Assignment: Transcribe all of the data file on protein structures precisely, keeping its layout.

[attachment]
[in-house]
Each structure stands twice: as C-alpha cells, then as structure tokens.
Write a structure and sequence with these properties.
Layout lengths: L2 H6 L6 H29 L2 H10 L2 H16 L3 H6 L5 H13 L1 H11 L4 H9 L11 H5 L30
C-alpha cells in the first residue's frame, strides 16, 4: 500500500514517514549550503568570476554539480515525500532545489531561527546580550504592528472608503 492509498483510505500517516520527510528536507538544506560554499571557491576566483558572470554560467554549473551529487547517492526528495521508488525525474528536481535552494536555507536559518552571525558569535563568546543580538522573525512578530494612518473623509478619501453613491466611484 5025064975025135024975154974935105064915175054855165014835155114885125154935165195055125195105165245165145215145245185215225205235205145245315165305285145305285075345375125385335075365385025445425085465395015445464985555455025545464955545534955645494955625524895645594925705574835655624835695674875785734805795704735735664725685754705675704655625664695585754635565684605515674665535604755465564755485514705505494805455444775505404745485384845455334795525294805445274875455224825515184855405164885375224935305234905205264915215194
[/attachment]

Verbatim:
[in-house]
Each structure stands twice: as C-alpha cells, then as structure tokens.
Write a structure and sequence with these properties.
Layout lengths: L2 H6 L6 H29 L2 H10 L2 H16 L3 H6 L5 H13 L1 H11 L4 H9 L11 H5 L30
C-alpha cells in the first residue's frame, strides 16, 4: 500500500514517514549550503568570476554539480515525500532545489531561527546580550504592528472608503 492509498483510505500517516520527510528536507538544506560554499571557491576566483558572470554560467554549473551529487547517492526528495521508488525525474528536481535552494536555507536559518552571525558569535563568546543580538522573525512578530494612518473623509478619501453613491466611484 5025064975025135024975154974935105064915175054855165014835155114885125154935165195055125195105165245165145215145245185215225205235205145245315165305285145305285075345375125385335075365385025445425085465395015445464985555455025545464955545534955645494955625524895645594925705574835655624835695674875785734805795704735735664725685754705675704655625664695585754635565684605515674665535604755465564755485514705505494805455444775505404745485384845455334795525294805445274875455224825515184855405164885375224935305234905205264915215194